The problem will presumably come up when in mid-October the world's Anglican primates meet in an emergency session to discuss the crisis caused by the approval by the ECUSA's General Convention of an openly homosexual priest as next bishop of New Hampshire.
Diane Knippers, president of the Washington-based Institute on Religion and Democracy, predicts, "There is an excellent chance of 7 or 8 out of 10 that an alternative (ecclesial) province will emerge in North America." Many observers agree.
Such a "province" would provide a home for theologically orthodox Episcopal dioceses and parishes in the United States. It would presumably have its own presiding bishop or archbishop as a counterpart to Frank Griswold, who heads the ECUSA, which conservative Anglicans accuse of revisionism.
If this comes about, it is still unclear whether the new province would remain in communion with the old one. Would it instead only recognize other faithful Anglican churches around in the world? Will those churches in turn break with the ECUSA? Some African denominations have already threatened to do so.
These questions are of great theological import not only to Anglicans but all Christians. As one contributor to Virtuosity, an orthodox Anglican news service, wrote, "Would Paul recognize two churches in Corinth and Ephesus with two divided Gospels?"
In other words: Can the Gospel of Christ, which is about God's salvific suffering for his people, share a home with the utterly different post-1960s gospel based on man's selfish desires? Can the same "Communion" - Anglican or otherwise - countenance two mutually exclusive positions?
According to Gerald R. McDermott, an evangelical Anglican theologian, African church leaders sent messages to the General Convention in Minneapolis saying, "These decisions (the approval of V. Gene Robinson as bishop of New Hampshire and of blessing for same-sex unions) will literally kill some of us. Radical Muslims are looking for another pretext to launch a new jihad against Christians. Evangelizing Muslims will say that this is proof that Christian faith is immoral."
Yet pointing to equally dramatic events in early church history, McDermott does not believe that there is a need for Anglicanism to break up: "During the fourth century Arian controversy, the Church remained one even though most bishops were followers of Arius, who denied the divinity of Christ."
The controversy between Arius and his adversary Athanasius, who was banished five times, threatened to destroy the church in its most youthful period. Ultimately, though, Athanasius prevailed; he is now considered one of the most important church fathers; to this day all denominations affirm his position that Christ is true God and true man.
But can the Arian controversy be compared with the ECUSA's current "blasphemy against God," as the Church of South India called the Minneapolis decisions? Can it be used as an argument against parting ways with revisionist Episcopalians? It's almost impossible to say.
Albrecht I. Herzog, a leading Lutheran theologian from Germany, whose Protestant church is undergoing similar upheavals as Anglicanism, agrees with Virtuosity's correspondent, pointing to the New Testament text probably most relevant to this controversy.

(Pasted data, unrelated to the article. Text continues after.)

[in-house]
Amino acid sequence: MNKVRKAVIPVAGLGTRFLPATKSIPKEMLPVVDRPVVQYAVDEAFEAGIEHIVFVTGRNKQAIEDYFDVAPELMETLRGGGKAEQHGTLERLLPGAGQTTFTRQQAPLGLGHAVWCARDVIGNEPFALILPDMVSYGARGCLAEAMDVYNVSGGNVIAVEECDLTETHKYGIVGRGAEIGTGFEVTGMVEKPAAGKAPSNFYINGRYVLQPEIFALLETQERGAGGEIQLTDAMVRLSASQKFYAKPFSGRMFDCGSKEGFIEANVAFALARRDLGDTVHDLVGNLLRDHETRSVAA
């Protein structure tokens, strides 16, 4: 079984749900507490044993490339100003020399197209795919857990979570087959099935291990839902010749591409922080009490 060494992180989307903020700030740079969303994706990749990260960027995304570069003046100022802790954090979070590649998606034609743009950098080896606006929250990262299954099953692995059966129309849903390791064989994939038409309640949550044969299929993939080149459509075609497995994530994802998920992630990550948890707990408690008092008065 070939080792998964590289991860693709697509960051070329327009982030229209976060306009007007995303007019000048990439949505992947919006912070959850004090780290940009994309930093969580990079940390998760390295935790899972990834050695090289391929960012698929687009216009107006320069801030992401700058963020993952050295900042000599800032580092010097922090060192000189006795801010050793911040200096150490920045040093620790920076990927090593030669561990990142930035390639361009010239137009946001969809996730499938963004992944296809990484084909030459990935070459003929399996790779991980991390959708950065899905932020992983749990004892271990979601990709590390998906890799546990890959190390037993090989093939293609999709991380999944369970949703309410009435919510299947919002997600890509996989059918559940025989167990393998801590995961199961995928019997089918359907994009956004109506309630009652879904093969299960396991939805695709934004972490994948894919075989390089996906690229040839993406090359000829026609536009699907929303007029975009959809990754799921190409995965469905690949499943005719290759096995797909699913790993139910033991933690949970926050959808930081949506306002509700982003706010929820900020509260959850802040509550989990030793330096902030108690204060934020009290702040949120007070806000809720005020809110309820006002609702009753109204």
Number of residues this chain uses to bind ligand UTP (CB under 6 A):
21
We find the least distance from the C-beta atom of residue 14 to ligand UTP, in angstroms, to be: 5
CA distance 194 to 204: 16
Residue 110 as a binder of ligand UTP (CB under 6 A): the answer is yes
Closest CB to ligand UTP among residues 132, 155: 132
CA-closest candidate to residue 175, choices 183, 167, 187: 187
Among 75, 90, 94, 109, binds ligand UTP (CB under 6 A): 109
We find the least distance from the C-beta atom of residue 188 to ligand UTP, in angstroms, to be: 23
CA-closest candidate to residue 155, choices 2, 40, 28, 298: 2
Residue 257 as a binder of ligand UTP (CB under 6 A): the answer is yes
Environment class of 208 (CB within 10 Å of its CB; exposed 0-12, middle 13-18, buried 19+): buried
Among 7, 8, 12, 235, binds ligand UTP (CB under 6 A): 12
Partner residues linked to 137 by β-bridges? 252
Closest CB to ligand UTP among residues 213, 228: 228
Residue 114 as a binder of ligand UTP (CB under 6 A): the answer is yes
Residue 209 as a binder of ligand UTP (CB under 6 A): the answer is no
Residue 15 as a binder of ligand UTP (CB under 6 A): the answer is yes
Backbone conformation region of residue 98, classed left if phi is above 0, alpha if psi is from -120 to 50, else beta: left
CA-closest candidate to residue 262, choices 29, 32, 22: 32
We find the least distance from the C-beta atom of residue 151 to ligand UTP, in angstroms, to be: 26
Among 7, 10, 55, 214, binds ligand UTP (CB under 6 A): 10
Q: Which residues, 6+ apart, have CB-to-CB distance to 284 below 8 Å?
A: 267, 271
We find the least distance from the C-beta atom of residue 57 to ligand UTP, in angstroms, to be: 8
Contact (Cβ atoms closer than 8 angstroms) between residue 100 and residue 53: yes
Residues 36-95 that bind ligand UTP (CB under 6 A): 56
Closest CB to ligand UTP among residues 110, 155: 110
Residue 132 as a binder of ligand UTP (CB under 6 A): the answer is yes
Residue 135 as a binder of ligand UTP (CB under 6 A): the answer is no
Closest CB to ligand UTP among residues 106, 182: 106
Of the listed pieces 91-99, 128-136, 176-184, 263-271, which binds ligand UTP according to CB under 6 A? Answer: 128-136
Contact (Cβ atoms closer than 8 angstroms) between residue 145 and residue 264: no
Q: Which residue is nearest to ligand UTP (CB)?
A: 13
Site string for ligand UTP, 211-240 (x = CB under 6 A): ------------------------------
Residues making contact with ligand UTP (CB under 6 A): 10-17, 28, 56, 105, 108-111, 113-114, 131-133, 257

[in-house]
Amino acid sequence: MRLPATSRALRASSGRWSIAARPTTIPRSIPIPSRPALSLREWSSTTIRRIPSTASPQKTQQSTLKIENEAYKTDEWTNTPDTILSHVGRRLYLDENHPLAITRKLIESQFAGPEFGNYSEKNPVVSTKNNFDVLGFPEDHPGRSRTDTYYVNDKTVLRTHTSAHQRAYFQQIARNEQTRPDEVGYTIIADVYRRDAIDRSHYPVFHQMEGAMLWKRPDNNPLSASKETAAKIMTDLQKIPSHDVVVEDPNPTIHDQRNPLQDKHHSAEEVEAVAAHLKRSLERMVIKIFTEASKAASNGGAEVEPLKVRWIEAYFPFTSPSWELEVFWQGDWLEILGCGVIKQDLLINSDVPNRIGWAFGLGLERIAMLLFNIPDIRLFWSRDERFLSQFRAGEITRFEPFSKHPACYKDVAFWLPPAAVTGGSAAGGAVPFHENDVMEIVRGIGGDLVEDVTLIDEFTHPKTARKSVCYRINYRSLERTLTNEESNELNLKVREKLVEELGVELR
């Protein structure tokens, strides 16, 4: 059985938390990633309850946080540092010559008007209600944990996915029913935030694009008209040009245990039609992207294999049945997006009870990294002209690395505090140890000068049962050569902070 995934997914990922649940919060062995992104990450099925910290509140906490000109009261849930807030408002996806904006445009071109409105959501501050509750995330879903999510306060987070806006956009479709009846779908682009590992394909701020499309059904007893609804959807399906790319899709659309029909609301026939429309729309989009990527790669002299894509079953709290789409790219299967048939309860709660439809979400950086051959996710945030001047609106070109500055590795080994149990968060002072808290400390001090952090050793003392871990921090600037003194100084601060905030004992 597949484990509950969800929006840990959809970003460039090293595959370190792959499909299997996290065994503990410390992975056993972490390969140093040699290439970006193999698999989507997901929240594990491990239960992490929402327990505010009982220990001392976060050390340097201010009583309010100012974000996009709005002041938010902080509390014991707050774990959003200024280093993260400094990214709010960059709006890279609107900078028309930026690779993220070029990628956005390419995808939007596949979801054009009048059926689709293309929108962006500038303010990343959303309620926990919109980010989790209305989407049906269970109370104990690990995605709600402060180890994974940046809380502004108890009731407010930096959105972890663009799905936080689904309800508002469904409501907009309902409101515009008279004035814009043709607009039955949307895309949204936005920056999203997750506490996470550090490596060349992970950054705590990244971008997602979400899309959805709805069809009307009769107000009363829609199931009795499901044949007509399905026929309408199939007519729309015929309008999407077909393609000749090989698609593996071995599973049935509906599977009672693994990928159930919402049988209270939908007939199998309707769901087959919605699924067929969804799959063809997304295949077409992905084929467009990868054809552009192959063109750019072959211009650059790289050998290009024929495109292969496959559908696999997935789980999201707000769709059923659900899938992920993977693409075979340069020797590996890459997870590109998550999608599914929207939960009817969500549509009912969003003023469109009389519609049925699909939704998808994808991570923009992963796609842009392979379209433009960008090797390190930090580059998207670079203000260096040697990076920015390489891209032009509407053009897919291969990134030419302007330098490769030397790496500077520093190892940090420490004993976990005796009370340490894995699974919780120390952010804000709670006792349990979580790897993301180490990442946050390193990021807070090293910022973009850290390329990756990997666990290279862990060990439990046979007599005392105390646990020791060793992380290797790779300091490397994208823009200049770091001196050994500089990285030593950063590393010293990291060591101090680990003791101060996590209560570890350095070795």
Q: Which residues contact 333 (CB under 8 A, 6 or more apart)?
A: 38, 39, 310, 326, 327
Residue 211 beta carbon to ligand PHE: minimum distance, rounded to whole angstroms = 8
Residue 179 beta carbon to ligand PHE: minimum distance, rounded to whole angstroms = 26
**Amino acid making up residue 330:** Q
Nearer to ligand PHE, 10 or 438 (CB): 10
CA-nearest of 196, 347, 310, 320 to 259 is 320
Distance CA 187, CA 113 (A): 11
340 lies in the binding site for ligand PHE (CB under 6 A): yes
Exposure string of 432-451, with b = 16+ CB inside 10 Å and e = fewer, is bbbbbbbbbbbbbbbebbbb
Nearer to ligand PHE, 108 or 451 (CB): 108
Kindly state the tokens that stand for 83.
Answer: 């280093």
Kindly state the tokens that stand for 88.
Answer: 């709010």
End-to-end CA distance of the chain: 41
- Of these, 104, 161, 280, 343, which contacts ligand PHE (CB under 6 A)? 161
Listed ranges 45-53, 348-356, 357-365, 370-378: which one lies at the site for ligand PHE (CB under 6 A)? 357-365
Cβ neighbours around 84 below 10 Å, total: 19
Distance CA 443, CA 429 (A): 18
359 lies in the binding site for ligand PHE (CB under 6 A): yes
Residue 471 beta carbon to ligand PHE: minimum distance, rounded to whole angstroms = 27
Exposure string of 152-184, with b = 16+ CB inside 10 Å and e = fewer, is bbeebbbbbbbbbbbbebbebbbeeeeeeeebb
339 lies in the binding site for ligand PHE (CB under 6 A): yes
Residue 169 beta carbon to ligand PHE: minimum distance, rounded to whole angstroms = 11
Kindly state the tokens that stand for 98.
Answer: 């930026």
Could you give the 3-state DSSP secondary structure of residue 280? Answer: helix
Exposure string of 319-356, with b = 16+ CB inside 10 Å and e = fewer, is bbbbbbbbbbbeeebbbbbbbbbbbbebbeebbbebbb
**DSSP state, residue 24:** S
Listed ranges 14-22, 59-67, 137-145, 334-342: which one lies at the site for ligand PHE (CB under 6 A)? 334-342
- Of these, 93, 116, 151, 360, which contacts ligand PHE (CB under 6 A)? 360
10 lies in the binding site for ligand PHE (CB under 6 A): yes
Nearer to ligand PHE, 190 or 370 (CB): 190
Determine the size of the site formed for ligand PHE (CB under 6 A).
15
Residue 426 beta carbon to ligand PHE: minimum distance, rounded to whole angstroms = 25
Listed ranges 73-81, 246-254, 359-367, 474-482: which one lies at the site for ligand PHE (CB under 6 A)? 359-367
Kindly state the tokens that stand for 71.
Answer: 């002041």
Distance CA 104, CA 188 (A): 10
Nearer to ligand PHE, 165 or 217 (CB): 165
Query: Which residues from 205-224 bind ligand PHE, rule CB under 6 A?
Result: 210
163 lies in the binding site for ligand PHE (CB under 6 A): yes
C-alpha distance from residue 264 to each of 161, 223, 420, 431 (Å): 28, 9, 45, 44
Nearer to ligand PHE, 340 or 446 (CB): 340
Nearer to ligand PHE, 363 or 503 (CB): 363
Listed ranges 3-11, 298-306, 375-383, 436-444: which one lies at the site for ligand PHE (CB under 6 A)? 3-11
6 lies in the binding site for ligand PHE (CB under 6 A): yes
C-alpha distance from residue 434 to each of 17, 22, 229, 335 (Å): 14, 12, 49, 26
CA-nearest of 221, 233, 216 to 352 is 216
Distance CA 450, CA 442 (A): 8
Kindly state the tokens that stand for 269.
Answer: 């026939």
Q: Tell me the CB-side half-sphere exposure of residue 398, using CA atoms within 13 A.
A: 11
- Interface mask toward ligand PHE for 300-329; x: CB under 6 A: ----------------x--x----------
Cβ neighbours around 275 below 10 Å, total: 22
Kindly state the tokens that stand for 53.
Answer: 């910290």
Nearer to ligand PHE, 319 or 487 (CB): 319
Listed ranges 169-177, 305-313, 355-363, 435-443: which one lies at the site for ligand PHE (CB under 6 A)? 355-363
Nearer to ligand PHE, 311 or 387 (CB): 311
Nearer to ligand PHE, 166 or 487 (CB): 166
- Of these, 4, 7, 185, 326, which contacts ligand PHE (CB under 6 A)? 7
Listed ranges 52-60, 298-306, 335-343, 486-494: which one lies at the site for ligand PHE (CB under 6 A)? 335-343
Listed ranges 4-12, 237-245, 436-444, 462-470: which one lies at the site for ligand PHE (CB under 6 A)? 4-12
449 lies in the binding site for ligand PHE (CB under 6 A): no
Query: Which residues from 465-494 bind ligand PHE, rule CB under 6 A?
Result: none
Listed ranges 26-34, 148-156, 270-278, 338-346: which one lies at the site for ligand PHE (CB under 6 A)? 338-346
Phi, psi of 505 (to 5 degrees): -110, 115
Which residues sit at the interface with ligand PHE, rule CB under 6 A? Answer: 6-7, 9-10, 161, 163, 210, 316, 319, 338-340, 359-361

In his first letter to the Corinthians, the apostle Paul shows flexibility on issues concerning Jewish dietary and Sabbath laws: "To the Jews I became as a Jew, in order to win Jews. ... To those outside the law I became as one outside the law - that I might win those outside the law" (1 Corinthians 9:20-21).
But this, Herzog insists, definitely does not refer to sexual acts of the kind the Old Testament describes as "abomination" in God's eyes, a particularly strong term with which Scripture otherwise defines idolatry.
The conservative majority in world Anglicanism decries the Episcopal Church's defiance of Scripture. And this is where its actions are the most dangerous. Anglicanism's 39 Articles of Religion affirm the Bible as "sufficient for salvation" (article 6), yet Anglican revisionists refute this basic tenet of Christian - and especially Reformation - theology.
In an interview with FOX-TV's Bill O'Reilly, one of the revisionists' top spokesmen, the Rev. Ed Bacon, averred, "The Anglican Communion doesn't have Scripture as its ultimate authority. We've had the Holy Spirit working in community as our ultimate authority."
With that he throws us right back to the bloody actions of Thomas Muentzer, the leader of the left wing of the 16th-century Reformation. Muentzer rejected the "sola scriptura" principle of Luther and his followers, Calvin included. This principle states that truth is revealed in Scripture alone and the Bible is the yardstick against which, according to Luther, everything must be measured.
Muentzer called this "Affenglaube" - monkeys' faith. His disastrous attempt to bring about some form of revolutionary "paradise" - guided by what he thought was the Holy Spirit - had an illustrious emulators: Friedrich Engels, Karl Marx' cohort, who in his pamphlet, The German Revolutions, expressly paid homage to the 16th-century radical.
True, unlike Muentzer, Engels envisioned an Elysium without God. But then, what good is God anyway if superseded by man? Seen in this light, the Rev. Bacon and 65 percent of the Episcopal Church's current electors are in dreadful company.
One wonders how desirable it is to share their home.
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